The purpose of a Jewish theater


At a time when Jewish theater artists — playwrights, directors, designers and performers — are more deeply involved in the American theater than ever before, we ask ourselves: What is the purpose of a culturally specific Jewish theater? What needs do we fulfill?

To entertain people. To stir their passions. To call attention to transformative works by Jewish and Israeli playwrights — programmed alongside plays by non-Jewish writers that ask relevant questions about identity, community and humanity. To bring together the people of a neighborhood, and of a city, to experience art together.

But, should there be more to it than that? As we set out to plan a new season for Theater J at the Washington DCJCC, we naturally had to ask ourselves: Who are we? Or perhaps more accurately, who are we now? Are we the same theater we have always been or something different? Can we still tackle difficult questions as we have in the past, or should we focus on content that is less likely to stir debate?

When putting together a season of plays, we want to take the audience on different journeys over the course of the year. I want them to be inspired, feel enlightened and, yes, I want to challenge their thinking.

A touchstone that guided us in selecting next season’s shows is that “the personal is political,” a concept which came out of the second wave of the women’s movement. It articulated a defense against those who claimed that women who were speaking out loud for the first time about the oppressions they faced in the home, the workplace and the social sphere were really in need of therapy, not policy change. In recognizing that personal battles were deeply intertwined with larger political issues, the movement was able to move from experiences and feelings to action. It was a truly galvanizing idea.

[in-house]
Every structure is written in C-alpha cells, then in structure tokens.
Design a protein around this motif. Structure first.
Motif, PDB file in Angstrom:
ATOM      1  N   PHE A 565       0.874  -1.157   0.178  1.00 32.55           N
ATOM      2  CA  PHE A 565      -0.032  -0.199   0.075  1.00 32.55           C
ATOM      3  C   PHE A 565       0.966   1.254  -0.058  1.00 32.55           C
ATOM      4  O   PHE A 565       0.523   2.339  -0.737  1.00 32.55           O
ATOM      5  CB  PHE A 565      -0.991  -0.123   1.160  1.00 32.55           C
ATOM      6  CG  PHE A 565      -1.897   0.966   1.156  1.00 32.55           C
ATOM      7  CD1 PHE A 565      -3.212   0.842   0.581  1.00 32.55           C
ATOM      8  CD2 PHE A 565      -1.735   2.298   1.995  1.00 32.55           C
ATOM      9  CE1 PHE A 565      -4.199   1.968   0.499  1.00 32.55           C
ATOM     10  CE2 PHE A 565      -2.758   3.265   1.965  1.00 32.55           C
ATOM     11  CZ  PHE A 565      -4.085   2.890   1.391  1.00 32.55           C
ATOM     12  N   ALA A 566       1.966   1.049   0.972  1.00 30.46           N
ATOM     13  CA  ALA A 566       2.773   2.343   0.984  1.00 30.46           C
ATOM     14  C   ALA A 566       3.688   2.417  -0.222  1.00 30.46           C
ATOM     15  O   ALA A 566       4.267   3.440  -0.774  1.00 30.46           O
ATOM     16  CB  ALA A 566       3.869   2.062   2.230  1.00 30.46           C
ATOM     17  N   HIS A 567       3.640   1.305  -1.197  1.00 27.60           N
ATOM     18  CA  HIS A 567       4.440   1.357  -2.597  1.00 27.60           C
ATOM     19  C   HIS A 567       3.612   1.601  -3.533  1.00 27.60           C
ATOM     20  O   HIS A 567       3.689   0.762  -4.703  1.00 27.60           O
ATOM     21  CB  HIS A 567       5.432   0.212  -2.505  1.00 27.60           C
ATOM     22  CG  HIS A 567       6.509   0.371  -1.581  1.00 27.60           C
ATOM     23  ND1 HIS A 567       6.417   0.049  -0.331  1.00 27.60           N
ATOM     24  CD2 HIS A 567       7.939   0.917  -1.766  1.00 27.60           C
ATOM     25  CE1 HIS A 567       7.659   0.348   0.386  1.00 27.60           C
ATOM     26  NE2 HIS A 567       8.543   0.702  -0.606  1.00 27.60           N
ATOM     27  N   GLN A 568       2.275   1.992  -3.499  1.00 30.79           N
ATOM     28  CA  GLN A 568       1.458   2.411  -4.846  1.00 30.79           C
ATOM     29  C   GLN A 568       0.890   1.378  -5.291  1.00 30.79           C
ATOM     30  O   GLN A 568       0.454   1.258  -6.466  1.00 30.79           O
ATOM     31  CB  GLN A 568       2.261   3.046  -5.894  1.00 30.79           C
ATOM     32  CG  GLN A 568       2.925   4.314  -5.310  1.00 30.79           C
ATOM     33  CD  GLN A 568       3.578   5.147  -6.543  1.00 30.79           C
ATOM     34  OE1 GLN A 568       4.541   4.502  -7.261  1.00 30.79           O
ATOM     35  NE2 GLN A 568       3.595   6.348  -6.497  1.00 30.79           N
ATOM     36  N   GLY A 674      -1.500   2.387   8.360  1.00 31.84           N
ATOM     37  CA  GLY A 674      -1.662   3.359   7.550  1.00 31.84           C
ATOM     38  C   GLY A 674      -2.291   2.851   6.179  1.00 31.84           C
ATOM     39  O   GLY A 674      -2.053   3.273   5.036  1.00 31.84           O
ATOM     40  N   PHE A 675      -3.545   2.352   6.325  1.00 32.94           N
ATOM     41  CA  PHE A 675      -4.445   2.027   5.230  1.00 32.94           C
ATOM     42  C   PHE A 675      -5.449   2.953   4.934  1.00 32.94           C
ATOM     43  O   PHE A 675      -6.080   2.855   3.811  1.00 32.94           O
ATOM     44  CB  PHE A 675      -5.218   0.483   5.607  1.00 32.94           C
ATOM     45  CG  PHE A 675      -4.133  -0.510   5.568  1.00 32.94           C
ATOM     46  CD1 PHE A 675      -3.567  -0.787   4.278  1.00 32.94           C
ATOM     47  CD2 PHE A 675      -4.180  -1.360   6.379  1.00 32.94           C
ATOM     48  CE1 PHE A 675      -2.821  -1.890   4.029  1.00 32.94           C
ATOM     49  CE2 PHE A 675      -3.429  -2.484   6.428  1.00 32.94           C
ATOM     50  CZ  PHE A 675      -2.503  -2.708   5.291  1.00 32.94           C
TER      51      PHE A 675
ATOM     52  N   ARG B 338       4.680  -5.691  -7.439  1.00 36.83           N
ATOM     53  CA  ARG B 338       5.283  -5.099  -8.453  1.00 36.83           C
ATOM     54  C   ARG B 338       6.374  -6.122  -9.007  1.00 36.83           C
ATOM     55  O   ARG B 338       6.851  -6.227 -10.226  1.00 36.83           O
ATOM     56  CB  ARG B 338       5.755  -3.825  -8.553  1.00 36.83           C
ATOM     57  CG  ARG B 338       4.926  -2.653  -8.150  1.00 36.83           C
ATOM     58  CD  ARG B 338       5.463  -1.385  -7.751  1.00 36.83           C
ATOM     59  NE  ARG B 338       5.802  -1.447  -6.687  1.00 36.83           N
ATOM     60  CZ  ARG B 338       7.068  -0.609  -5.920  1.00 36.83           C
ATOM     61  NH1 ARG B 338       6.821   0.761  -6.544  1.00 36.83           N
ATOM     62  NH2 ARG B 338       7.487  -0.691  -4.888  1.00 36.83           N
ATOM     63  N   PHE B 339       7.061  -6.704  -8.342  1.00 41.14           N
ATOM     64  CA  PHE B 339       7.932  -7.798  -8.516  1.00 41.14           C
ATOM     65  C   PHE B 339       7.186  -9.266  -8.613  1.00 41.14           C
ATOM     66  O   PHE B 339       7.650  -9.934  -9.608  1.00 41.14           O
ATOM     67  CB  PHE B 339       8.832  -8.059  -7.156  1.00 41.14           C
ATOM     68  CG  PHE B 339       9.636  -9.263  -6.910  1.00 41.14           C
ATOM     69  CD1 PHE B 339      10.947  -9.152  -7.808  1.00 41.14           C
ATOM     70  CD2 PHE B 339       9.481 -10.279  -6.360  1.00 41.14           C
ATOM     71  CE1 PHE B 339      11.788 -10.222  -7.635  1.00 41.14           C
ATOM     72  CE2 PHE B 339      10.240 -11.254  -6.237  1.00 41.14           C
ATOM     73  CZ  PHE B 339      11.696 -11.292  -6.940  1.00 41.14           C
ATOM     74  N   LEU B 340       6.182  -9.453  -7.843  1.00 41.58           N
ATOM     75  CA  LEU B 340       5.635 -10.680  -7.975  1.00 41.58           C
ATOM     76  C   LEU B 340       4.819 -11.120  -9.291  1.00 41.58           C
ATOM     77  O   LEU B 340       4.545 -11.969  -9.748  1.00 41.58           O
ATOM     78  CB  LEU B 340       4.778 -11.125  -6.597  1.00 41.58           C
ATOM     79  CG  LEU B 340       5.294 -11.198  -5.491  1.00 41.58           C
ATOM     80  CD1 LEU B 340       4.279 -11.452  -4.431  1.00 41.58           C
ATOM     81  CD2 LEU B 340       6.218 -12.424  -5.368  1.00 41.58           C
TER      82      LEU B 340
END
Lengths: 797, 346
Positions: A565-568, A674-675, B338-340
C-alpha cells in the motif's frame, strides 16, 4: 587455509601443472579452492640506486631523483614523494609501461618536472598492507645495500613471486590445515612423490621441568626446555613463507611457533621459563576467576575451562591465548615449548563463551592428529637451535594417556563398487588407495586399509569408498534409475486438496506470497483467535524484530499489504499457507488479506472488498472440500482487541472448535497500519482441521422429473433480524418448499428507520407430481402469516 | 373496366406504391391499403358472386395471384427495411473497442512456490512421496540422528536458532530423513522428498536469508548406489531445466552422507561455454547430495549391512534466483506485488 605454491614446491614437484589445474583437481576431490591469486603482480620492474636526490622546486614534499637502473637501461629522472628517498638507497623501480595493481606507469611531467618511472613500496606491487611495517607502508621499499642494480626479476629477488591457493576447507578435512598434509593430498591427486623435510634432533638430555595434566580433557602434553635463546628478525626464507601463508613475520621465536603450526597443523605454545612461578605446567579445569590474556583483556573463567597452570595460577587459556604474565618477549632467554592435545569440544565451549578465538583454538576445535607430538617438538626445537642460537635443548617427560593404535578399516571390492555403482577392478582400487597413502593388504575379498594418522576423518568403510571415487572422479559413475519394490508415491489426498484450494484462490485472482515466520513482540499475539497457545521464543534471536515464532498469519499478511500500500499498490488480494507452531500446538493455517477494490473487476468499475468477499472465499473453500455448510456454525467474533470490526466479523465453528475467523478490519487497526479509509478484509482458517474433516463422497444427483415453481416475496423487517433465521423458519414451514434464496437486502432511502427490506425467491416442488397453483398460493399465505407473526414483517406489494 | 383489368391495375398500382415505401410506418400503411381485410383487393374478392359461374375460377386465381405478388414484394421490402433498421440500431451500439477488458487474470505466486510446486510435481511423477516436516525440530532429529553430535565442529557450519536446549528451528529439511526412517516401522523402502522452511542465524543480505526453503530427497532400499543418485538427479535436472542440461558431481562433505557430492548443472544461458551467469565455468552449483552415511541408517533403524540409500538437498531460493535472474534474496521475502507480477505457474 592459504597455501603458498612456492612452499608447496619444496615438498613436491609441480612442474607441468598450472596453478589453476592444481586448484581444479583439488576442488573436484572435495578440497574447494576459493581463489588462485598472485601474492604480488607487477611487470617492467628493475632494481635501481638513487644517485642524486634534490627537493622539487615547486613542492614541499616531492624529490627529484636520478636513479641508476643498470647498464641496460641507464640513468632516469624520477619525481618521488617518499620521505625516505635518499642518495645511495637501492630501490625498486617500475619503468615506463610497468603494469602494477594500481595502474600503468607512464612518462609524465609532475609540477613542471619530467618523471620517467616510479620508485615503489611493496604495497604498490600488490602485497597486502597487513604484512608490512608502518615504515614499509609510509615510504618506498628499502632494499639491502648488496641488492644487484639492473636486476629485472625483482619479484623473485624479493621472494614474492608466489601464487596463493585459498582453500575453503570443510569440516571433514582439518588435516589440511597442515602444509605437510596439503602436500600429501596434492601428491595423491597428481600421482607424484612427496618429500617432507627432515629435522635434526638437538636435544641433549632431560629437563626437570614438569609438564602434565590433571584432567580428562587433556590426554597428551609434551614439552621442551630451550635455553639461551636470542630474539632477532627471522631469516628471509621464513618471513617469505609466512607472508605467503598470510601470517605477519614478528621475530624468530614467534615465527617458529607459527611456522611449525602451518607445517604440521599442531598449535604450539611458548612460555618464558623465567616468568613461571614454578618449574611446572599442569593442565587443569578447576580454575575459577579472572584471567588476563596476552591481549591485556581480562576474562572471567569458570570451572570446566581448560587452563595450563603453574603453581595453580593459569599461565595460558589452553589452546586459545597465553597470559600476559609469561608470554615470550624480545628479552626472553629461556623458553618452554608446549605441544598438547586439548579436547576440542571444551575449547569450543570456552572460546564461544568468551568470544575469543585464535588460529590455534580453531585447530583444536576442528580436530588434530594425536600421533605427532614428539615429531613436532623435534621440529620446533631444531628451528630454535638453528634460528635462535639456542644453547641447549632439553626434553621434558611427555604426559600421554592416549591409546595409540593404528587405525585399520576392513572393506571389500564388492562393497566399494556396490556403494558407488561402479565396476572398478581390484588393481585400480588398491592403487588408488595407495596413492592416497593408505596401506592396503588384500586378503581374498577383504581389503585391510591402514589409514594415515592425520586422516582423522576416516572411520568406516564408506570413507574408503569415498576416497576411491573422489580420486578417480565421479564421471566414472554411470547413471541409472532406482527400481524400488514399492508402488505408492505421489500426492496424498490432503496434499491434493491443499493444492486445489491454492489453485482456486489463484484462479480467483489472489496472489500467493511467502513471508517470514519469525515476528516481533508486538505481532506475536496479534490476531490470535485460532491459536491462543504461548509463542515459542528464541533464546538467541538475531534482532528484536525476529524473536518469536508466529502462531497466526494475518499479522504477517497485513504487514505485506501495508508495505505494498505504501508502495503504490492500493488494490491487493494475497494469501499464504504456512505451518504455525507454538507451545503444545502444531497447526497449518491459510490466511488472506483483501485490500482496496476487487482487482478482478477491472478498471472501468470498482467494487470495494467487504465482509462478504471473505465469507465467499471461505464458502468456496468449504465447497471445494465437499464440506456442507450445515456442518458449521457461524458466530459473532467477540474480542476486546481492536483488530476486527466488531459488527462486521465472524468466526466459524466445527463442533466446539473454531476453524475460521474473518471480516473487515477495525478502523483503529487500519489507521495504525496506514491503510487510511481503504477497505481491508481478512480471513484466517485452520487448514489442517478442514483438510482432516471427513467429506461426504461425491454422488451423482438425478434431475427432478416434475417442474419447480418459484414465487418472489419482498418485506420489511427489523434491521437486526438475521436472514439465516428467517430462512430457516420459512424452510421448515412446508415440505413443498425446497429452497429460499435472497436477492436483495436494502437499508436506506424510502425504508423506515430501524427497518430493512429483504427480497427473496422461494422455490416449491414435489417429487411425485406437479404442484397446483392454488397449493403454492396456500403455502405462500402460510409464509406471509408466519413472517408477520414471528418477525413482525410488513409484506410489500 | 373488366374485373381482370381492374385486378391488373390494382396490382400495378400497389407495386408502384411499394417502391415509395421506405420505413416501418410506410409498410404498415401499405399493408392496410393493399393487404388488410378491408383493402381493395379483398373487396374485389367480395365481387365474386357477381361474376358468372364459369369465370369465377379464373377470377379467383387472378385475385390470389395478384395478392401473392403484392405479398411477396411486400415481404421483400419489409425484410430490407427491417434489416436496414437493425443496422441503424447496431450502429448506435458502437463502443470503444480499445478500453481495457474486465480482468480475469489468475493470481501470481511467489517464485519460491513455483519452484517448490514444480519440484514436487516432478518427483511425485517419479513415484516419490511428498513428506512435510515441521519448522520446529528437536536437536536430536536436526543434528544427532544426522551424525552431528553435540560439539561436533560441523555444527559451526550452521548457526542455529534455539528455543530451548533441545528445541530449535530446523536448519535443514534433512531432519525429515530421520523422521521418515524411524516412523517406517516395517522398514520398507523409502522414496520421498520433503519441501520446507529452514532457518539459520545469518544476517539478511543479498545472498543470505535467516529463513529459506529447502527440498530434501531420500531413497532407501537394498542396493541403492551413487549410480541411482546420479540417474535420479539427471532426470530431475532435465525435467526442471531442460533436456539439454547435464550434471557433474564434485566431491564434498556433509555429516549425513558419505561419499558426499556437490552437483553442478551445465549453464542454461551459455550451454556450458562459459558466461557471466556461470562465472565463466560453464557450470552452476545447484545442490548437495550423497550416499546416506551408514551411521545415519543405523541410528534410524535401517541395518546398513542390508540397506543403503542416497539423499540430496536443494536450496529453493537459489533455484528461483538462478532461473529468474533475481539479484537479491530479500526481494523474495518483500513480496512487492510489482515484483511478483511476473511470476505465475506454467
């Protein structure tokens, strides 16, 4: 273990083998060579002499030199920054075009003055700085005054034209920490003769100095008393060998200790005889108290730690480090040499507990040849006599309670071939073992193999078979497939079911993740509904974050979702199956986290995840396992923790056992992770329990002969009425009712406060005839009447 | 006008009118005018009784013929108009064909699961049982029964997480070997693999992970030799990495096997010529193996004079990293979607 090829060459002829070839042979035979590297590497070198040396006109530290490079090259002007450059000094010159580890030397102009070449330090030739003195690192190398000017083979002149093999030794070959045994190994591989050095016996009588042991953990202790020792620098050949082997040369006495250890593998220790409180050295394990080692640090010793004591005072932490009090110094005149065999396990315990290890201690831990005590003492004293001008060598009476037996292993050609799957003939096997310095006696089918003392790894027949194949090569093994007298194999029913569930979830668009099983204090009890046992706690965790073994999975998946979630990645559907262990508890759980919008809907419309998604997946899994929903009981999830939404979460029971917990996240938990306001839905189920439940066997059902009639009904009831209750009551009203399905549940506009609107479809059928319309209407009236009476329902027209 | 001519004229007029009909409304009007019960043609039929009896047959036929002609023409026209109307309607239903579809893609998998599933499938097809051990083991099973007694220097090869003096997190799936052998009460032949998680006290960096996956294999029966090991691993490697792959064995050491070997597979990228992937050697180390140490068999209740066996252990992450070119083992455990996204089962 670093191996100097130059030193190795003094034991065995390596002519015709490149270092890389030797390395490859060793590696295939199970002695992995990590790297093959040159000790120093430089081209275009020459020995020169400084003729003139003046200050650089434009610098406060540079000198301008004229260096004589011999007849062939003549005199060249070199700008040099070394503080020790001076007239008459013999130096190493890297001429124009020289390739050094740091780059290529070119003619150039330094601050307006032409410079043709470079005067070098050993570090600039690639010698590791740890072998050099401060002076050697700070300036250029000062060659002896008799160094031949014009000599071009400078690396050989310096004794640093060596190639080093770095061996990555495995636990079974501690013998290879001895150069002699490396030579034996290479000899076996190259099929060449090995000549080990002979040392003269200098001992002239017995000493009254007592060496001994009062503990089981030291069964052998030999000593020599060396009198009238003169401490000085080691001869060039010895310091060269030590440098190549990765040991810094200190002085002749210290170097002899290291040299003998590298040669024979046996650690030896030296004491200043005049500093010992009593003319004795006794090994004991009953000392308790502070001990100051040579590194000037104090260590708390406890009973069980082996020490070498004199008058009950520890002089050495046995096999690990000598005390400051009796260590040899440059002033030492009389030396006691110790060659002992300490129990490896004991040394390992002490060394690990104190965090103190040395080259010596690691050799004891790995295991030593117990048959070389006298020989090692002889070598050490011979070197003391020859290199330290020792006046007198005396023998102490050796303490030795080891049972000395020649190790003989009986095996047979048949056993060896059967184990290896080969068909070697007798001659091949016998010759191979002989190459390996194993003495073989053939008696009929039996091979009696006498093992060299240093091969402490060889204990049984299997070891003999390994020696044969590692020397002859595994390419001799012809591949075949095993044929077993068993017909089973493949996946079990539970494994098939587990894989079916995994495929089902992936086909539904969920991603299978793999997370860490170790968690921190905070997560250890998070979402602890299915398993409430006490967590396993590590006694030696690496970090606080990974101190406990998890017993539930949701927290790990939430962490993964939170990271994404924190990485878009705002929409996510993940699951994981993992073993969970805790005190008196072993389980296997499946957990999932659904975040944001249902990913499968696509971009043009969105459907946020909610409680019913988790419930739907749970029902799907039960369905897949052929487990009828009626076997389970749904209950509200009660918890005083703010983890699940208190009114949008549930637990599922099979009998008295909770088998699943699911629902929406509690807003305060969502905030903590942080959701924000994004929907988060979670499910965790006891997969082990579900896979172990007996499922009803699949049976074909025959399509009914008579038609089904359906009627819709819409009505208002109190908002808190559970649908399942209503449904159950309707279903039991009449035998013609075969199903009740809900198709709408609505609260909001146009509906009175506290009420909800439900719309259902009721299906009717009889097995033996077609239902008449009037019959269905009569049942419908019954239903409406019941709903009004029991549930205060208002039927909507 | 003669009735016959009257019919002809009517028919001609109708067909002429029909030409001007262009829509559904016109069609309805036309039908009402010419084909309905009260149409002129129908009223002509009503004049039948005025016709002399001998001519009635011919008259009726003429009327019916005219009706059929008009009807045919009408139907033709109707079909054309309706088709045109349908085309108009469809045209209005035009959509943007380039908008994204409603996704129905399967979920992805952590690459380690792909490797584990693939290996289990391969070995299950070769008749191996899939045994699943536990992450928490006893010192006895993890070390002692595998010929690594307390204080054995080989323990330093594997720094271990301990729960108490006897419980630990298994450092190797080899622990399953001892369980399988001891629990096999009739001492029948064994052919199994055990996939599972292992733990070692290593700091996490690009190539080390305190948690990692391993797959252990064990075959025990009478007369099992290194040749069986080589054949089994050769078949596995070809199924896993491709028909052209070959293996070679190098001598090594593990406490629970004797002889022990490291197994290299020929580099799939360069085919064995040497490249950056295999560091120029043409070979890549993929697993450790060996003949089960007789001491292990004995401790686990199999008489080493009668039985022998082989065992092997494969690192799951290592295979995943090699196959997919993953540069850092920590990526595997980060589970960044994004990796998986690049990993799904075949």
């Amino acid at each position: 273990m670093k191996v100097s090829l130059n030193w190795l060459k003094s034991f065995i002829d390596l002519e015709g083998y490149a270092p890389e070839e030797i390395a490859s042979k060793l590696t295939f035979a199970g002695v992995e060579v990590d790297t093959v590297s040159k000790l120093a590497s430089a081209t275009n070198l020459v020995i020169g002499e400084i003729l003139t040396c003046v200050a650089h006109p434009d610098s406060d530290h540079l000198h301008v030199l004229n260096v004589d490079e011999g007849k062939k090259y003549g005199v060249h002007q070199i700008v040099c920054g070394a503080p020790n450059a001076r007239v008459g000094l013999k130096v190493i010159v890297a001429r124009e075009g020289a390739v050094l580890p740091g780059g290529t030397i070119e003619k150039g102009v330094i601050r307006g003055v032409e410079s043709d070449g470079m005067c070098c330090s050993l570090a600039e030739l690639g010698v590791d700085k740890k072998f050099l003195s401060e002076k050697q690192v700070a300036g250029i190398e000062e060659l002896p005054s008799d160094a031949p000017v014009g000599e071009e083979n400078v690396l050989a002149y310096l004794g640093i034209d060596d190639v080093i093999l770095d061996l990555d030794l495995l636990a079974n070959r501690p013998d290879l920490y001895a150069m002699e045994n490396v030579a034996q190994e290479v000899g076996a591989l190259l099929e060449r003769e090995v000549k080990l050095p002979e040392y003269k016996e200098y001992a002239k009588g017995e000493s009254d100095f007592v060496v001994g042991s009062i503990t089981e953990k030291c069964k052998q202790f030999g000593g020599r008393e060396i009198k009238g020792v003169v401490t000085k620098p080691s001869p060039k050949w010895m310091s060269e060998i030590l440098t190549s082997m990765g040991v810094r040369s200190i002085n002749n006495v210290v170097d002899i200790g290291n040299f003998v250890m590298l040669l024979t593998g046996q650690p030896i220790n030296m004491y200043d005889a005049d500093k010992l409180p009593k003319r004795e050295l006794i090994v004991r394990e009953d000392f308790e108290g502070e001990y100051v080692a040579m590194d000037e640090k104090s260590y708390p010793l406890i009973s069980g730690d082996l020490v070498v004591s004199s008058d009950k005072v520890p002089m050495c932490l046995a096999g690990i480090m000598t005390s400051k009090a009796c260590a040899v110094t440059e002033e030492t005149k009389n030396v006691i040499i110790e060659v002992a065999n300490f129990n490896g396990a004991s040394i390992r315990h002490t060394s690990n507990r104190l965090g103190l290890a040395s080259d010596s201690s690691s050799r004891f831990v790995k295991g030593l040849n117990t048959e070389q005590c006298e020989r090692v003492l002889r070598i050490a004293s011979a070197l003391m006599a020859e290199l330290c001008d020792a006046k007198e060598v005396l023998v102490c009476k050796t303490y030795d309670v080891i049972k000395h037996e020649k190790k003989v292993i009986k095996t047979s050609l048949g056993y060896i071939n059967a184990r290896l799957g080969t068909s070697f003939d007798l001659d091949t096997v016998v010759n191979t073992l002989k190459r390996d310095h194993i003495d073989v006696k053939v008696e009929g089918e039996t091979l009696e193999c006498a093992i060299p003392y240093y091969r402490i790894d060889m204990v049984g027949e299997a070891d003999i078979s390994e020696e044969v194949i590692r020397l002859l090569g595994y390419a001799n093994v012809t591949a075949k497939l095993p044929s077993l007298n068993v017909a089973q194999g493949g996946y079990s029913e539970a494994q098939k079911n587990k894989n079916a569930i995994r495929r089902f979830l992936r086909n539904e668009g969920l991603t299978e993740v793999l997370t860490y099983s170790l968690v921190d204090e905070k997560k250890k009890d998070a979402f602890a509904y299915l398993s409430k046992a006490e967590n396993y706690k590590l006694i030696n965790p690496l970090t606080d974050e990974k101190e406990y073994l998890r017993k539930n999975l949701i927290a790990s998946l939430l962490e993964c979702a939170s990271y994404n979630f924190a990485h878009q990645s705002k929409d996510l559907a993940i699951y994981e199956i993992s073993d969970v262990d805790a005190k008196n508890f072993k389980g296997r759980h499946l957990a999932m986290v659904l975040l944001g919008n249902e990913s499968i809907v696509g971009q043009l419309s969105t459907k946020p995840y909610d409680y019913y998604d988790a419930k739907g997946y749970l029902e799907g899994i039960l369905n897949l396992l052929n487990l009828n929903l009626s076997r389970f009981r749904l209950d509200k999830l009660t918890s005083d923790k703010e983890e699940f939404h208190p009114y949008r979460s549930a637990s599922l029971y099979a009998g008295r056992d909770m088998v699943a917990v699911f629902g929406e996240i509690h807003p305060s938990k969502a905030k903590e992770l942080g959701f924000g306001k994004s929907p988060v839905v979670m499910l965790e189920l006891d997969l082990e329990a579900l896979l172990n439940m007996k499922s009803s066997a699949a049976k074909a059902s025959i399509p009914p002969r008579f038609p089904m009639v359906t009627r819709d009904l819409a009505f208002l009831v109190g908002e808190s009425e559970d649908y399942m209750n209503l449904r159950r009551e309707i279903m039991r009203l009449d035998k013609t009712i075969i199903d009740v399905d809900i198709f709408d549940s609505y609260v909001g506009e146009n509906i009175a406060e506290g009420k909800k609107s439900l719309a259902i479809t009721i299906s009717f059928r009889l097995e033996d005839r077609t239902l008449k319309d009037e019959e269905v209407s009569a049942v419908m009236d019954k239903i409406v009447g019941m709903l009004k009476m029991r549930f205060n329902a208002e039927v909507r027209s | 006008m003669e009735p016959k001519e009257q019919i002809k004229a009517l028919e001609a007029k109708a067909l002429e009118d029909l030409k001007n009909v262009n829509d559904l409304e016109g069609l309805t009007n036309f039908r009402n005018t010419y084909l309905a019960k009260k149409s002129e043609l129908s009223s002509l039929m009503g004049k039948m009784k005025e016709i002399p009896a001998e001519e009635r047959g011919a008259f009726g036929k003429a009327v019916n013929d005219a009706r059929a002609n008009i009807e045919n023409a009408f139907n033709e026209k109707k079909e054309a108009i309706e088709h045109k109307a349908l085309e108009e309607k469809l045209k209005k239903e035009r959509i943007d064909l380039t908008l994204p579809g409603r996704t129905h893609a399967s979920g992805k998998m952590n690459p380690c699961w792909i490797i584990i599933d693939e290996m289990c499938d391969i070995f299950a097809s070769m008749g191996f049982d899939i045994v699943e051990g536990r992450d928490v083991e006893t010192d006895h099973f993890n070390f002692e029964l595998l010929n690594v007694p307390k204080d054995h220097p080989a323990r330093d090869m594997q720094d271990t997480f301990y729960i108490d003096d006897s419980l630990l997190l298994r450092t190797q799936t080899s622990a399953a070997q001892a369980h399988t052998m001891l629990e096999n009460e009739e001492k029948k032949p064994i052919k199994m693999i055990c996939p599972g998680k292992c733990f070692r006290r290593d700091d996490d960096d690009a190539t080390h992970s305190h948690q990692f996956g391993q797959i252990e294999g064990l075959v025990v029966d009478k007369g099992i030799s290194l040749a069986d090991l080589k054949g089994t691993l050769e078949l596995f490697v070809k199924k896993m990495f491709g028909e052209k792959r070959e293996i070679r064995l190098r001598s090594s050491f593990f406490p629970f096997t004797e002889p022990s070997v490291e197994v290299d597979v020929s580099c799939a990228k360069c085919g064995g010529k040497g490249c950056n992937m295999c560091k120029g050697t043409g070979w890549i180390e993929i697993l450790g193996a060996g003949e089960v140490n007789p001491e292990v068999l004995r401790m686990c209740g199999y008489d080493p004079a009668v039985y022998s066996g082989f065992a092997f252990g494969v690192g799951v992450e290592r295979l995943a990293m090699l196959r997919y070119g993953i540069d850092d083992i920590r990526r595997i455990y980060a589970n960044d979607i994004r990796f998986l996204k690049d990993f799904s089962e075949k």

I feel the same way about theater. A character’s personal journey reveals something deeper and truer, and often something greatly in need of examination, about the world.  Experiencing the personal allows us to activate our own individual sense of the political; it forces us to articulate the important questions ourselves, and in doing so, we hope, to move toward action.

So, in case there is any doubt, we will continue to ask big questions, on stage with our productions, at panel discussions and talkbacks. We will continue to provide a nurturing environment so playwrights, directors, designers and actors can continue to achieve at the height of their craft. This will come as a disappointment to those who have lashed out at Theater J in recent years, but our change in leadership in no way represents a retreat from taking on difficult questions — whether about race, sexuality, gender, faith or Israel.

We will turn a personal lens on the political. We will face the horrors of war as markers in the life of acclaimed photojournalist Paul Watson. We will witness the specific and wrenching effect that the cycle of violence and loss that has played out in the Middle East for decades has on families in that part of the world. We will spend time with characters of different generations who are facing crises of health and identity. We will live through the tumultuous 1960s as viewed through the eyes of a young African-American girl coming of age, and coming into her own sense of political activism, during the Civil Rights Era.

All of this brings me back to my original question. Will we still take on the difficult questions? Yes, we will.

Providing a forum to tackle the issues most central to our community is part of who we are, and that will never change.

Shirley Serotsky is acting artistic director of Theater J in Washington.

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